The stage is warmly lit, with a couch centrally placed, creating a rich ambiance to usher in an adaptation of a short story, Tropical Fish, by Doreen Baingana.
The conference room we’re in at Ndere Cultural Centre sits about fifty people. They have come to see the story brought to life by Rehema Nanfuka.
Soft African music is oozing from the hi-fi speakers strategically placed at the stage and various corners of the room, creating a sonic illusion.
The audience is dead silent now. The young actress with long legs and a slim, well-toned figure fitted in a nicely tailored African dress staggers into the stage, a tonic bottle in hand. She is smiling awkwardly- that knowing Mona Lisa smile that an experienced old woman gives a naughty granddaughter who thinks she is well versed with the things of the world.
She informs the audience that the Swahili song was what her lover (Peter) used to serenade her with. It was the song he mumbled when he wanted to make love to her. She interjects her narration and sings: “Malaika, nakupenda malaika. Malaika, nakupenda malaika……..”
“Are you turned on?” Rehema playing Christine (the character’s name) asks a lady in the audience who nods in disagreement. The actress chuckles as she sips her tonic, and sarcastically tells the audience that neither was she.
That marks the introduction of the play based on a young campus girl (Christine) who meets an old white businessman in Kampala. In pursuit of a better and more exciting life, the girl falls into the trap of Peter. Her ignorance and naivety lead her into the house of her newly found soon-to-be lover. While her plan was to escape her world, and immerse into a wealthy, fun-filled life, she soon finds herself in the master bedroom with a naked white old man. She does not object or agree to his advances. The first night becomes one of the many. She enjoys expensive gifts, exciting experiments such as bubble baths, and attention.
“I lay on the bed in my clothes. Peter took off his clothes and draped them neatly folded over a chair… Then he took my blouse and pants off methodically, gently, like it was the best thing to do, like I was sick and he was the nurse, and I just lay there. In the same practical way he lay down and stroked me…, put on a condom, opened my legs, and stuck his penis in. I couldn’t bring myself to hold him in any convincing way… One thought was constant in my head…: I was having sex with a white man. It was strange because it wasn’t strange,” an excerpt from the book which the actress repeated word for word reads.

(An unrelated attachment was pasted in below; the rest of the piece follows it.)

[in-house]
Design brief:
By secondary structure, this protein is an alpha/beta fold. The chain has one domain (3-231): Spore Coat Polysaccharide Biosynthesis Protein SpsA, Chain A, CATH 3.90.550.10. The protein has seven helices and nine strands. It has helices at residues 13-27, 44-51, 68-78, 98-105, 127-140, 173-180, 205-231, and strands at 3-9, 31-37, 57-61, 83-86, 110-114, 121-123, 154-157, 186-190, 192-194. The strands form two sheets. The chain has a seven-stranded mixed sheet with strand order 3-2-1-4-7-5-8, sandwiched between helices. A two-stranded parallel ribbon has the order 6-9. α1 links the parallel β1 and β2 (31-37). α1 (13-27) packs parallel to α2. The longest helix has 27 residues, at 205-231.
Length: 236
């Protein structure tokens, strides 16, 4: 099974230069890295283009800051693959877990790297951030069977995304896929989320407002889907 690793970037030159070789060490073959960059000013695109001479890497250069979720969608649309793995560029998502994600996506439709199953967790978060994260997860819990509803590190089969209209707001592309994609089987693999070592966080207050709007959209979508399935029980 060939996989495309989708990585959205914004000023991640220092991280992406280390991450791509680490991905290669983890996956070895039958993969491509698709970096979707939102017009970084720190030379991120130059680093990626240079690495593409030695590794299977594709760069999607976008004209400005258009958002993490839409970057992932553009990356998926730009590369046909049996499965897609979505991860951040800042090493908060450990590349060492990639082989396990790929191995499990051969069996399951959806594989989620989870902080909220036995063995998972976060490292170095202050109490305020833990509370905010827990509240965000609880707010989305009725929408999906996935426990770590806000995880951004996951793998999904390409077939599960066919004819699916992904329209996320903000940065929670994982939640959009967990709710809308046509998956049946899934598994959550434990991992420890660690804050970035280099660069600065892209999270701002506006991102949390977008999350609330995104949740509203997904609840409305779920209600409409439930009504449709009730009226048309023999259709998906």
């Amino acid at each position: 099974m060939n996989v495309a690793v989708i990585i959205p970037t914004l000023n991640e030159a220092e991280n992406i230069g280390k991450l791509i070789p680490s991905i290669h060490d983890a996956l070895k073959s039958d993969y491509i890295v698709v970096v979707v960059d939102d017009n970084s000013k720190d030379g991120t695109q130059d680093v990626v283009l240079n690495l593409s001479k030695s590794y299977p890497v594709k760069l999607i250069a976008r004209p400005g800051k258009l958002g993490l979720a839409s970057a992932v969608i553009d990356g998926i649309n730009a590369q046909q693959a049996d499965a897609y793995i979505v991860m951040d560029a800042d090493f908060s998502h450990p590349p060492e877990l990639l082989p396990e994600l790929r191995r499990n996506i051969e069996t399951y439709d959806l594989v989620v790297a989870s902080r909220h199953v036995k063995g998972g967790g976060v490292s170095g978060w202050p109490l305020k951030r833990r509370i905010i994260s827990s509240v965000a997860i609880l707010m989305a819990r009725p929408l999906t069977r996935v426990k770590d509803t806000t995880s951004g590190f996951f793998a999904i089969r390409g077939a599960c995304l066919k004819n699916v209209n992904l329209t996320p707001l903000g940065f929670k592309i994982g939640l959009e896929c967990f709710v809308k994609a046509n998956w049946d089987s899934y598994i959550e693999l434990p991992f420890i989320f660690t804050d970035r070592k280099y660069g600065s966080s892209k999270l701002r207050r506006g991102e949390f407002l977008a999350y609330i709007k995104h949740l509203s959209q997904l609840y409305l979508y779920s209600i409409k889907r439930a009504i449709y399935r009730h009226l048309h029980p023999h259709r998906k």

Baingana’s play made me sympathize with the notion that many women are not aware of the power of their sexuality. During life’s nasty experiences, when women are supposed to defend themselves and their goals, they don’t hold their stand. They are swayed by other people’s decisions and ideologies. They chose to please other people at the expense of their own joy. They carry burdens that they shouldn’t.
Sexuality, as covered in the play, gives the play another perspective. It does not show the usual display of the old white men taking advantage of (sometimes) the ‘willing’ young African girls. It captures issues around womanhood and the impact of neglecting one’s identity.
I attended the theatre performance without reading the play in advance. While this provided me with an opportunity to be surprised by the unfolding events, I was limited in terms of knowing if the actress was able to capture the intentions of the writer clearly and effectively.
My worries are soon settled as the actress, who also acted as the director of the play and the writer settle down for question and answer session.
In the midst of people’s ululations and claps in appreciation of the act, Baingana tells a curious audience that Rehema was not only able to capture her intentions, but also improvised props that added flavor to the play.
“When I saw her come in with a gin bottle at the beginning of the play, I was worried it wouldn’t work,” she said passing a smile to Rehema, remembering the first time the play was brought to life by the actress at a different event. “But Rehema made an exemplary performance,” Baingana said, adding that while she had not appreciated the role of the prop at first, in the end, she realized that the bottle represented Christine’s life at Peter’s house.
After listening to the discussion between the two artists, and between the artists and the audience, I appreciated the creativity of the writer who told the audience that she wrote the story ten years ago. She cherished the fact that the play is still able to address some of the societal issues affecting young people and the society at large.